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Bush rallies GOP, visits U

President George W. Bush saw cheering supporters and chanting protesters Thursday during a daylong visit to Minneapolis that included a University Medical School tour and a roundtable discussion with outgoing University President Mark Yudof.

The president also praised Minnesota health care research during a speech about expanding Medicare prescription drug coverage for seniors. He concluded his day at a Target Center rally for Minnesota’s Republican candidates for political office.

Republican candidates and officials greeted the president as he stepped off Air Force One.

“It’s thrilling to have the
president of the United States come,” said John Kline, 2nd District congressional candidate. “I feel a bit like a little kid … just exuberant because he’s here.”

A motorcade took the president to the University Medical School, where the president talked with patients about the health care system. En route, Bush called Gov. Jesse Ventura in the hospital to wish him a speedy recovery from a blood clot in his lung.

Bush joined Yudof and others for a roundtable discussion before he addressed a crowd at the Hyatt Regency hotel.

Yudof in turn joined Bush on stage as U.S. Health and Human Services Secretary Tommy Thompson outlined a new report he said shows seniors living longer and healthier lives due to medical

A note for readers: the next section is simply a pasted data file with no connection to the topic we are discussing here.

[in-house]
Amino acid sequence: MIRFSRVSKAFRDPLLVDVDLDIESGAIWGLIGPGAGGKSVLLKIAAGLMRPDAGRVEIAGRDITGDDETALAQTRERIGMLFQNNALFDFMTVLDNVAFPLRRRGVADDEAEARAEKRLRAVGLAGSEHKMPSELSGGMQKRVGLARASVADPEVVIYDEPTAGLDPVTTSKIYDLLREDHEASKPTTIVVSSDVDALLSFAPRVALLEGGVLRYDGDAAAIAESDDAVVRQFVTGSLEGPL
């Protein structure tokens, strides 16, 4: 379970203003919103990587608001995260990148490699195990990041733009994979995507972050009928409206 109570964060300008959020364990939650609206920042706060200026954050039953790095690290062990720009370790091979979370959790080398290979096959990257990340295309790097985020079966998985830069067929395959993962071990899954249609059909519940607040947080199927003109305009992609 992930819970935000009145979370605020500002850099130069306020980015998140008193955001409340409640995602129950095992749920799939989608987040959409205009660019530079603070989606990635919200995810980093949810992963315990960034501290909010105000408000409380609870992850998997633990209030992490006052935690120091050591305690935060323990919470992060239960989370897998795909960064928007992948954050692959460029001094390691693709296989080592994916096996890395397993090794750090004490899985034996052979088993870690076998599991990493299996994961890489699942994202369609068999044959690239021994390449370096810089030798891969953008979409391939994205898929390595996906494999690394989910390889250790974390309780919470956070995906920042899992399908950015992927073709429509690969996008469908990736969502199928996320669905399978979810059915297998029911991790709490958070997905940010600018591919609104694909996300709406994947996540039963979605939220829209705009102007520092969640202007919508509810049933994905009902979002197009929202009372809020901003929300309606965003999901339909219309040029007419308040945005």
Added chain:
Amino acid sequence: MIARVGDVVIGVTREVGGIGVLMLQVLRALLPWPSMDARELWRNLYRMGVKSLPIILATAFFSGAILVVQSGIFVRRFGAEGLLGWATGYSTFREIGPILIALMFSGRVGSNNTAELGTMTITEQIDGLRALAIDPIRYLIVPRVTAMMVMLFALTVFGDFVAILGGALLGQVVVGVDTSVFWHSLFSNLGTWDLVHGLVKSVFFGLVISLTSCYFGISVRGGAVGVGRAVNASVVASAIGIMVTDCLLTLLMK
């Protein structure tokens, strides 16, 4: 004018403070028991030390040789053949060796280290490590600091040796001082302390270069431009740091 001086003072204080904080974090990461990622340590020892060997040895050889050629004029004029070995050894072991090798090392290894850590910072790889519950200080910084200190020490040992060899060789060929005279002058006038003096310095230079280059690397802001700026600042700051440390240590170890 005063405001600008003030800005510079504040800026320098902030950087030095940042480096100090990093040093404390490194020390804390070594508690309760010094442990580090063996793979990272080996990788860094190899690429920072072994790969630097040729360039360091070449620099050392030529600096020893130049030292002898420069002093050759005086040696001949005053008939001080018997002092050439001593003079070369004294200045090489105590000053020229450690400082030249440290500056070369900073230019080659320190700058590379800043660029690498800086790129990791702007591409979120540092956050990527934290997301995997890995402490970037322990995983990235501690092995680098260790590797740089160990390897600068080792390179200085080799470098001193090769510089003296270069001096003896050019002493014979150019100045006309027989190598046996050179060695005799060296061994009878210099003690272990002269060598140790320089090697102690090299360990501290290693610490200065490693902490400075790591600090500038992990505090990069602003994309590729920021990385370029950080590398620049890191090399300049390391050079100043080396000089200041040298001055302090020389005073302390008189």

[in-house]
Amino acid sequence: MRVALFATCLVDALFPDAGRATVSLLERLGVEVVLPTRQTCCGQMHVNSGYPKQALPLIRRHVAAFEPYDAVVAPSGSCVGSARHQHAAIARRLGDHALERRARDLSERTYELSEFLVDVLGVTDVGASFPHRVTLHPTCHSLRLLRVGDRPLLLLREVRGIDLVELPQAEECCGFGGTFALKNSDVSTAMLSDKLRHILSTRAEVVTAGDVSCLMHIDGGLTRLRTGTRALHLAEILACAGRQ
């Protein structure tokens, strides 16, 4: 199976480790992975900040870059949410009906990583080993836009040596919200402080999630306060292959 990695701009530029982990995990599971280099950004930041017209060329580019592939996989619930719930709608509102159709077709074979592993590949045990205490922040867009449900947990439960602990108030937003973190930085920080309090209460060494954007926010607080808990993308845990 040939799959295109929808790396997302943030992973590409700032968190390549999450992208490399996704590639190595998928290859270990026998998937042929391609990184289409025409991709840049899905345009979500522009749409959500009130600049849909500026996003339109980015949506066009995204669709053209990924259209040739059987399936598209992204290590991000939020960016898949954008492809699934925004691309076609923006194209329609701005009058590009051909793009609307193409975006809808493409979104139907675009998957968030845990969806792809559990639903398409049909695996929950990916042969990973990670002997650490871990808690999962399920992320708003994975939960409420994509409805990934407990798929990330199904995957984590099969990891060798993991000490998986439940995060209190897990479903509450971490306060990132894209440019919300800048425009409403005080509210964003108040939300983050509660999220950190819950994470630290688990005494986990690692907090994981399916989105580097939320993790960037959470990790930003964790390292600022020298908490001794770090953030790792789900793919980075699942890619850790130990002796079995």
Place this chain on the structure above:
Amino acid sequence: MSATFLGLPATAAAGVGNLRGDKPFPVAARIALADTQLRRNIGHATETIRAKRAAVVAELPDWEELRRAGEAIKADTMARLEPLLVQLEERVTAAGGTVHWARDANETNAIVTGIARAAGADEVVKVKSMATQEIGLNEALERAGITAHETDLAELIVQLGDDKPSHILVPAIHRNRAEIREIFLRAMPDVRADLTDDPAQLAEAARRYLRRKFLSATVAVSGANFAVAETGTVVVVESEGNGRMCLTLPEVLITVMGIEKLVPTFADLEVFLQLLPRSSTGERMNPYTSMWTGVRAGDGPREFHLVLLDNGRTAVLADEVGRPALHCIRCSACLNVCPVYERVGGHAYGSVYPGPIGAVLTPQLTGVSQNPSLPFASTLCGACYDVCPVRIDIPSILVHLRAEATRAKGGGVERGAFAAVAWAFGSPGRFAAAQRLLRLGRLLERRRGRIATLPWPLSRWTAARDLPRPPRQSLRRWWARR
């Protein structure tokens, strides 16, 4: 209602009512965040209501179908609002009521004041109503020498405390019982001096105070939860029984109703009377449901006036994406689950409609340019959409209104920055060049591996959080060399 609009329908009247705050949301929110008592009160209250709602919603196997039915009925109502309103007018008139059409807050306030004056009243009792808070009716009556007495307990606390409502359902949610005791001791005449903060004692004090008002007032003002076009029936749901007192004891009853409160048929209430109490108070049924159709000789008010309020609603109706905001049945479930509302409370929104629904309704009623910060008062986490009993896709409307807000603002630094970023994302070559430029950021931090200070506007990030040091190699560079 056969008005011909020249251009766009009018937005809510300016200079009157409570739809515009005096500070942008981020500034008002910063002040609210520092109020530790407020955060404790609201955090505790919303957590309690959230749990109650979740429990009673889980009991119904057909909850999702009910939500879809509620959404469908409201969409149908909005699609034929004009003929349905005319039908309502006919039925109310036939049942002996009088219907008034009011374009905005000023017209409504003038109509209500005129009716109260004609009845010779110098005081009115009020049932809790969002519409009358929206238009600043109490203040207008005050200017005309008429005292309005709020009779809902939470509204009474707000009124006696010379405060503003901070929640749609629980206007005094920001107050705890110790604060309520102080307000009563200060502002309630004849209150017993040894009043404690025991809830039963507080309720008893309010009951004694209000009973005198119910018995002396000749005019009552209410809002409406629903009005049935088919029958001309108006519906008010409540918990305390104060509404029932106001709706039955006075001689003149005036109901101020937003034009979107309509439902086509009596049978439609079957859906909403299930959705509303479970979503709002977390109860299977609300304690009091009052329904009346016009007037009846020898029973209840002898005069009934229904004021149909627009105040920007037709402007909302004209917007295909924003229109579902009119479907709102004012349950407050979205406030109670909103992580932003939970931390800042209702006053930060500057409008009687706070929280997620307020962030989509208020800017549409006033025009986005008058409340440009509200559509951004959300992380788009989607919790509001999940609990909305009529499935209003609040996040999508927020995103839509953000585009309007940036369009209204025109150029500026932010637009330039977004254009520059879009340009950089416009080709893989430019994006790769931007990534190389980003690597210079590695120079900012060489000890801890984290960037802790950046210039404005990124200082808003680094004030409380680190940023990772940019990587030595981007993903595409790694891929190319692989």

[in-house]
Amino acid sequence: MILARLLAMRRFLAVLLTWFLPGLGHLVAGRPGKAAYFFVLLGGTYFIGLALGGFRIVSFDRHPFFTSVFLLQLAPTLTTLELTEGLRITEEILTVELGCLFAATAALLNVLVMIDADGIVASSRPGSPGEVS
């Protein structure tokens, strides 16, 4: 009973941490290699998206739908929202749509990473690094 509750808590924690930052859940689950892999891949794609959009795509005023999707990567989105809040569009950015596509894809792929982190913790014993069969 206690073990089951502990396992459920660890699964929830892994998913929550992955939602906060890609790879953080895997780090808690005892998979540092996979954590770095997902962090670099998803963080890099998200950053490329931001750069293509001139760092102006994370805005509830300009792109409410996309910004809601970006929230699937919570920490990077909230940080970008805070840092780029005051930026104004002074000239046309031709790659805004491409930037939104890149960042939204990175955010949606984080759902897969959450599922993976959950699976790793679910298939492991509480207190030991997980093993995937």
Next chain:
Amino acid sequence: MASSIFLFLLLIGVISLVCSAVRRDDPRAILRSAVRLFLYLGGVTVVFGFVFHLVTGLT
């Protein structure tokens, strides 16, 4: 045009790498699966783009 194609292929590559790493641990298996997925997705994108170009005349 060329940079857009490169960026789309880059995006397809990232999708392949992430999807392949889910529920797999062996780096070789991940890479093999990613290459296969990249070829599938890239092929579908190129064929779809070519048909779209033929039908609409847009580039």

The president said providing full Medicare prescription coverage is the first step to ensuring all Americans have access to medical innovations.

“It ought to start with our seniors who have paid their dues,” he said.

The president also said this access to innovative treatments must not undermine “the great strength of the American system, which is the capacity to be on the cutting edge of new technologies that save lives.

“While we strengthen Medicare, we must also encourage innovation by preserving our private health care system, the private health care system which is the envy of the world,” he said.

Bush praised Minnesota’s health care research leadership.

“I called up my friend Mark Yudof and invited myself here because Minnesota is one of the leading centers of health care innovation in our country,” Bush said.

The president also used his speech to talk about the war on terrorism.

“They’re still out there,” Bush said of terrorists. “They hate America because we love freedom.

“The doctrine still holds,” he said. “Either you’re with the United States of America and the freedom-loving countries or you’re with the terrorists.”

Bush said he has requested increased defense spending to give soldiers in the field the best training and equipment and to show terrorists the nation is “in this for the long run.”

Looking to November

At the Target Center, Bush was “energizing the troops,” said Leslie Kupchella, press secretary to Senate candidate Norm Coleman.

“It was an amazing energy,” Kupchella said of Bush’s speech. “It was joyous. It was exciting.”

The president said Coleman, the former St. Paul mayor, is an “independent kind of fellow” who loves his country, his family and his faith, supports education and “has a record of prosecuting white-collar crime.”